(Some background: The wind in Oman had been consistently strong in the afternoons. Strong winds are very demanding and that would have put my knee in a very precarious position.)

That allowed me to have more control over my sail and board despite my injury and complete both races!

Photo from SingaporeSailing’s Facebook page.

Subsequently, over the next few days, although I was still in a lot of pain, I was able to build my confidence on the water. I could manage even the days with stronger winds, and eventually started to race proper and fight back.

What gave me the strength was knowing that God is sovereign and He upholds me. Even during my races I remember constantly crying out to God, asking for strength and help to get through the races.

Every morning, I would listen to worship songs to calm my nerves. One of those that really encouraged me was “Yet Not I but Through Christ in Me”.

With hindsight, I realised that God was looking out for me all along.

Firstly, He sent me on the trip with this particular coach who actually experienced the same thing with his ankle while competing a few years back (he could not walk and was on crutches). This gave me the confidence that he knew how to deal with the situation I was in, and that it was still possible for me to compete!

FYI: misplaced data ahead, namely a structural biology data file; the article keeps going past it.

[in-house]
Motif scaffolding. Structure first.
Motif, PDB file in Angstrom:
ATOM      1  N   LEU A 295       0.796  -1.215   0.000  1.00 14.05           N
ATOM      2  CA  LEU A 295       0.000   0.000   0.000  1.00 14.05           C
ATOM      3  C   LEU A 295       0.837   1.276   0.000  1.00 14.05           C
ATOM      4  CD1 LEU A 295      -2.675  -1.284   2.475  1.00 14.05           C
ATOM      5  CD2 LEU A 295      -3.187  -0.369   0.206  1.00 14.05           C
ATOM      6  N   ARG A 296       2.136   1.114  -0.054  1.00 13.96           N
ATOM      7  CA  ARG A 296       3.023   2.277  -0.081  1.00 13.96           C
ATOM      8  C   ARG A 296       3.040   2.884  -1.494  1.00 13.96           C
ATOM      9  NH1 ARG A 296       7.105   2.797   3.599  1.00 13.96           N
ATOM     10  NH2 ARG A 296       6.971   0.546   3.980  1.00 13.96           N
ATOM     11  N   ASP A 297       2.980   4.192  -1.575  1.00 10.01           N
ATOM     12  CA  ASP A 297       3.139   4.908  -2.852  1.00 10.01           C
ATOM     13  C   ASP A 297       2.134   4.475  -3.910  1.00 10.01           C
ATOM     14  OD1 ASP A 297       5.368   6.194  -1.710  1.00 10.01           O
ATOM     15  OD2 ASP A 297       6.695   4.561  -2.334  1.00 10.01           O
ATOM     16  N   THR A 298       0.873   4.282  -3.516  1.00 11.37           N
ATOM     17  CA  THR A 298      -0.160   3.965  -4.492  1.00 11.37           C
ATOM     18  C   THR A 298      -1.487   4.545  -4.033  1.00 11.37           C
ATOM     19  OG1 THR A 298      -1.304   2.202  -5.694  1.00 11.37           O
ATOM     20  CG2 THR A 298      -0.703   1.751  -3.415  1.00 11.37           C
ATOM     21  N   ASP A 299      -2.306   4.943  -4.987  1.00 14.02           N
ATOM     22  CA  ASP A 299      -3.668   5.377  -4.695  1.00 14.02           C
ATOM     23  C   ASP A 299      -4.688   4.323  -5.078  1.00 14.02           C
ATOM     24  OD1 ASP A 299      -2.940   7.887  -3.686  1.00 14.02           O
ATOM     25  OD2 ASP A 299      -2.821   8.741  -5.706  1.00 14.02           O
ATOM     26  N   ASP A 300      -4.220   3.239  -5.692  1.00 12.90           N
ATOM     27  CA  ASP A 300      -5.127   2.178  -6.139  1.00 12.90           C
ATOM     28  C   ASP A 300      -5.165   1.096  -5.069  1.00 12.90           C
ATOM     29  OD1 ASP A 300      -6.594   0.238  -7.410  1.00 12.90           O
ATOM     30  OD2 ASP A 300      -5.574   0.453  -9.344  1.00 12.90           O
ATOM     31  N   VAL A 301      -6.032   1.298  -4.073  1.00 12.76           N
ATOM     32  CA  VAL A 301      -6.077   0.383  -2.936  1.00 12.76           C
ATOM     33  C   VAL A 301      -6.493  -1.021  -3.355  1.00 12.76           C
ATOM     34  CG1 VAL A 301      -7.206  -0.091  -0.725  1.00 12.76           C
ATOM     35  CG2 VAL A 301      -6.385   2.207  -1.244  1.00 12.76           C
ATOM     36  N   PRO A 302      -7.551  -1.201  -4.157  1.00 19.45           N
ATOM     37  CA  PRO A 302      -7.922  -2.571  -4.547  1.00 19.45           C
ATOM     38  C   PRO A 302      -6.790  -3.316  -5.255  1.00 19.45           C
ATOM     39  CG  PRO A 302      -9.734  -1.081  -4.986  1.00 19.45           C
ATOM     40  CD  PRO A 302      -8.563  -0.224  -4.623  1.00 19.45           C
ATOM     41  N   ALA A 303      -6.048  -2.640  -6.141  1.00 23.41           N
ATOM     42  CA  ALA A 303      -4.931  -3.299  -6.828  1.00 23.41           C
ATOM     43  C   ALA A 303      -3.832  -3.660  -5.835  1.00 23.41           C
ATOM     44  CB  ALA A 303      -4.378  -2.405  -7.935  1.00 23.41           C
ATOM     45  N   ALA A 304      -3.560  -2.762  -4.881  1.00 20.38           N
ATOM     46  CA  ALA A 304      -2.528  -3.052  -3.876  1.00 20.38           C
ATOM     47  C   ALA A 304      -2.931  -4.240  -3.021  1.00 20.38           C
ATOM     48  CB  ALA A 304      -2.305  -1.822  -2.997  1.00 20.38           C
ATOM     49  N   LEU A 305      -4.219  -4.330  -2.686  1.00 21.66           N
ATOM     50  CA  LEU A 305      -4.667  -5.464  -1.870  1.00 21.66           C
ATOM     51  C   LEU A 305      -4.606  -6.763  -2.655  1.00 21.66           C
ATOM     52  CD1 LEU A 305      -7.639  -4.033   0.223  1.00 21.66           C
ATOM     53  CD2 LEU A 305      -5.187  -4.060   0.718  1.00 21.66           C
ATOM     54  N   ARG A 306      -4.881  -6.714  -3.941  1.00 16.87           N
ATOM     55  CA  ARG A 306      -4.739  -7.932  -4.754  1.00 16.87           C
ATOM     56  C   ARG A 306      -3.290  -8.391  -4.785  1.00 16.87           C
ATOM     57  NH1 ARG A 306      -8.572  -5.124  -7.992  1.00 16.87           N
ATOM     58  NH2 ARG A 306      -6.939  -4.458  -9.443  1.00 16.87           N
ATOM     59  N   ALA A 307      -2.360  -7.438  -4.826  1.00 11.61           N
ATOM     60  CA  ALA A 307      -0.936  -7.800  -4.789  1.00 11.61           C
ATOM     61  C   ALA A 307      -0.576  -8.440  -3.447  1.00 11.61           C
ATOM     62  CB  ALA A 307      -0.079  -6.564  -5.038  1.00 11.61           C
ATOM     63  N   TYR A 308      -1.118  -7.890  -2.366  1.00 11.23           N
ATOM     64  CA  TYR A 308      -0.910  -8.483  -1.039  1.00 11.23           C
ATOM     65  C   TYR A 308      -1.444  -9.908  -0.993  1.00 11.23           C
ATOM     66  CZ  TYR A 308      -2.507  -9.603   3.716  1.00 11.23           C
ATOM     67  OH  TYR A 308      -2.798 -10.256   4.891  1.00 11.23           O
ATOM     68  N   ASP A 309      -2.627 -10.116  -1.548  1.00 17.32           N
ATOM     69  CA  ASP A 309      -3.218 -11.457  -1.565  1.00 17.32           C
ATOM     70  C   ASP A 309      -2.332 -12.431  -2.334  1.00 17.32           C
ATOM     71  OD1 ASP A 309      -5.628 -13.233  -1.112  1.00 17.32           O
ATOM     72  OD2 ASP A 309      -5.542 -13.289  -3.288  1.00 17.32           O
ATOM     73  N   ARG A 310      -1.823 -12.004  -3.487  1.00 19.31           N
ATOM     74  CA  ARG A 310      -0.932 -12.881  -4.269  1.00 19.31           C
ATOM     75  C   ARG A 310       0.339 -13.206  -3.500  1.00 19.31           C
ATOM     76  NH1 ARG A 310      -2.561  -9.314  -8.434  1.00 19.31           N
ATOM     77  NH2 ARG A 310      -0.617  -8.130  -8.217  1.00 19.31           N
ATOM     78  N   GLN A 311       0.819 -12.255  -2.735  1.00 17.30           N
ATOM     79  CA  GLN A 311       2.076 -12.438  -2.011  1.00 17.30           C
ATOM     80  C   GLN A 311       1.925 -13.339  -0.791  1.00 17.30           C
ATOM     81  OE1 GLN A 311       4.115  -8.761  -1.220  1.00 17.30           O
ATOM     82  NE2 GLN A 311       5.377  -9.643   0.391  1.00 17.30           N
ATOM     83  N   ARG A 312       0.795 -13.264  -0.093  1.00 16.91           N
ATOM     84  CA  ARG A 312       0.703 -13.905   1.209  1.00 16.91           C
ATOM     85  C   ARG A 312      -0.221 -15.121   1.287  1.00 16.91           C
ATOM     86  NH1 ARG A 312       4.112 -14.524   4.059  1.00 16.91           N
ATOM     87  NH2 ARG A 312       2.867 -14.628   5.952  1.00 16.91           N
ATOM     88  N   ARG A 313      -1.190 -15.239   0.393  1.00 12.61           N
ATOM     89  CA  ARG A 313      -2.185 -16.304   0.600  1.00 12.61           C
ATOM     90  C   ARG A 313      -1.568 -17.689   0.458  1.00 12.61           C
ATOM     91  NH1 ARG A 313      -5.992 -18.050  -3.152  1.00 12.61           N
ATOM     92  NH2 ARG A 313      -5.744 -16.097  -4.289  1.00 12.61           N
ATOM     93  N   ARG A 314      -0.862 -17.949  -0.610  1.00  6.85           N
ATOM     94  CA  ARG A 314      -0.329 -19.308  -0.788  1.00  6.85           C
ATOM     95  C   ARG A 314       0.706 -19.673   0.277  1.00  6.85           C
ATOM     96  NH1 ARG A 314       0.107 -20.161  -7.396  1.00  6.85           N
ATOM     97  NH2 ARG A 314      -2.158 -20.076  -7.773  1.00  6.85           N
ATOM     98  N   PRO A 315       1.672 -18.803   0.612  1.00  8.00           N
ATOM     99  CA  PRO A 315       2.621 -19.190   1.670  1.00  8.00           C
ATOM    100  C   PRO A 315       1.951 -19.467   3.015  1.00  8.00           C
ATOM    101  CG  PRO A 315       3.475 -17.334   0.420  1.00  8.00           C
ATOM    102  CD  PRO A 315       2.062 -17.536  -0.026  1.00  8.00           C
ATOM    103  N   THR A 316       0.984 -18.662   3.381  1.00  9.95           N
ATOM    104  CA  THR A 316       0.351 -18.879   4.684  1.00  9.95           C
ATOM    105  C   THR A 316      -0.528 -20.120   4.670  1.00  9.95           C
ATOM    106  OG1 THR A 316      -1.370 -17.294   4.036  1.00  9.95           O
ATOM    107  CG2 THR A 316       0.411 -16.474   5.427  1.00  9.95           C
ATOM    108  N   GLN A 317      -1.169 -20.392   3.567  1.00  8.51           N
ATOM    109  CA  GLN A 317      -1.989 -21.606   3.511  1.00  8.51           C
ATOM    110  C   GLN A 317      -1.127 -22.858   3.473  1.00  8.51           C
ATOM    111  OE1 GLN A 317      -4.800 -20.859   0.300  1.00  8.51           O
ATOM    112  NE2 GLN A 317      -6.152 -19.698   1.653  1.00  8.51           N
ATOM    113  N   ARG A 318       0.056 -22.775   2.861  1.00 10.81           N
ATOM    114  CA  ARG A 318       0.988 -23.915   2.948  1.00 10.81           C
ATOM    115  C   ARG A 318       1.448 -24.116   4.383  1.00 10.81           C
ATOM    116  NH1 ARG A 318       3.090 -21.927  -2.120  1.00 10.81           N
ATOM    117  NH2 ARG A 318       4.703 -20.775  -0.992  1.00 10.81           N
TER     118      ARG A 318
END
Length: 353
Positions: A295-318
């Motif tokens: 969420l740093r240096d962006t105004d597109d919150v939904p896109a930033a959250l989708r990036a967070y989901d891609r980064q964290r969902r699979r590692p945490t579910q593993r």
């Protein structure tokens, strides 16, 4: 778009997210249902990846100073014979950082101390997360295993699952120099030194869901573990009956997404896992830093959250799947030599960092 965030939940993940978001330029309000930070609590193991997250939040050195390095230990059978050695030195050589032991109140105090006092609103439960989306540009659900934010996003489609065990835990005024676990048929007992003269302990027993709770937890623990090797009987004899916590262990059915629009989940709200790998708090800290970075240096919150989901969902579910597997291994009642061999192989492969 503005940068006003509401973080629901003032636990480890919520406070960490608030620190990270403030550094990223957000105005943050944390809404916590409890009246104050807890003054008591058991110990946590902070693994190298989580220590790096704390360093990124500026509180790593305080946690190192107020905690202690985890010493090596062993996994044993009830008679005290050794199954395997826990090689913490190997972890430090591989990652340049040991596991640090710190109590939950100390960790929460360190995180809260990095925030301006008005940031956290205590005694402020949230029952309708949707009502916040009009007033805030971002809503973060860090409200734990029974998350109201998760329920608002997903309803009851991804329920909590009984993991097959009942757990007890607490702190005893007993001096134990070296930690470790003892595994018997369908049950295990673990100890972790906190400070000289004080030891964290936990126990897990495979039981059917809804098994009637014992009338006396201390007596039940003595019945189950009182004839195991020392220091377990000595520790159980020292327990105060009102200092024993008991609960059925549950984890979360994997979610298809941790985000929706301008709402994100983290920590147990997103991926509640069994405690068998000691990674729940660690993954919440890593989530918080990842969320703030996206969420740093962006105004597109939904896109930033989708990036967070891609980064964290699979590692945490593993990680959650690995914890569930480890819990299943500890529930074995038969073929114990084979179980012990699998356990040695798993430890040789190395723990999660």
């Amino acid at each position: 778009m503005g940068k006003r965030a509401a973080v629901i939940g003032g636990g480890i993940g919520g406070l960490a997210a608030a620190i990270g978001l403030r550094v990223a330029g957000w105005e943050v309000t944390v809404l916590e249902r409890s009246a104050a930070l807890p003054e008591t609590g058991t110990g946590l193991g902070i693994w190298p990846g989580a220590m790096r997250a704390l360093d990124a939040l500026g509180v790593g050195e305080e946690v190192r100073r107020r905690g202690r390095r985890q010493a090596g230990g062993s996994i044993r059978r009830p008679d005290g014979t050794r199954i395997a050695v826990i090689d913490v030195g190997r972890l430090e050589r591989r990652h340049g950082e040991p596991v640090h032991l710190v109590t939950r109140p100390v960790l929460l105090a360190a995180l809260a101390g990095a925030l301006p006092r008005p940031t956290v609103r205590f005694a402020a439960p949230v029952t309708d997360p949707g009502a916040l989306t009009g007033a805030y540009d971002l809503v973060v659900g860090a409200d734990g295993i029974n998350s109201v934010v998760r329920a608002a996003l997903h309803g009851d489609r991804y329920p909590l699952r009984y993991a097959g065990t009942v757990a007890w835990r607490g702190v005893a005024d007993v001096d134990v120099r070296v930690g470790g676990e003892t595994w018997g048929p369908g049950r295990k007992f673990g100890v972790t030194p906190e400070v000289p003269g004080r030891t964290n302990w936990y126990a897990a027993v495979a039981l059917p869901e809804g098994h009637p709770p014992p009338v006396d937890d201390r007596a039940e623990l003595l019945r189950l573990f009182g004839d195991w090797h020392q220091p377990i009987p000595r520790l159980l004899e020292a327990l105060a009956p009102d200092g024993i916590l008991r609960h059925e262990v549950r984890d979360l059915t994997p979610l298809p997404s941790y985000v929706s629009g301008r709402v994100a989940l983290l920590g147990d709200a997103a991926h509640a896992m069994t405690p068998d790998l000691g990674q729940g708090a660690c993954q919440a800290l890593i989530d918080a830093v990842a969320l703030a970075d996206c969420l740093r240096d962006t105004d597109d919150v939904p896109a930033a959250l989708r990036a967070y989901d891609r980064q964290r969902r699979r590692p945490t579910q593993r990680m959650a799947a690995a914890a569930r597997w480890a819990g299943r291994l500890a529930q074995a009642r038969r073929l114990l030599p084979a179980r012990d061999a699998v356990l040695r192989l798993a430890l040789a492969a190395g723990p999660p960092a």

God also placed so many wonderful people around me. The volunteers and hotel staff were so helpful in pushing me around on the wheelchair and helping me get whatever I needed (medication, ice, food, etc).

It was also by God’s provision that a very experienced physiotherapist who was part of the Oman team came forward to treat and tape my knee, going out of his way to fit me into his schedule without asking for anything in return.

And of course, knowing that the whole Bartley Christian Church community, my discipleship group, my friends and family were all standing with me in prayer really made me feel like I was not alone and encouraged me greatly.

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I am thankful for this entire experience — it has really made God’s faithfulness and goodness so apparent to me.

It challenged me to put my faith and trust in the Lord, even when I was just filled with doubts.

It has taught me that even though we have no answers as to why God allows some things to happen, God is working even in our waiting for His glory and purposes.

I am in awe of His love and goodness, having seen me through such a challenging week. It’s truly only by His grace that I completed the race and won the spot for the Tokyo Olympics!

Featured image of Amanda from Snapshots by SMU.

She completed Race 10 to 12 earlier today, scoring 260 net points and finishing in 26th position.

She will not progress to the medal race, but we want to congratulate her for such a tremendous achievement and for inspiring us with her story of faith! 

This article has been edited for brevity and the original post can be found here.

  1. Why can we trust God even when we face trials?
  2. Where have you seen God’s provision recently?
  3. What can you be thankful for today?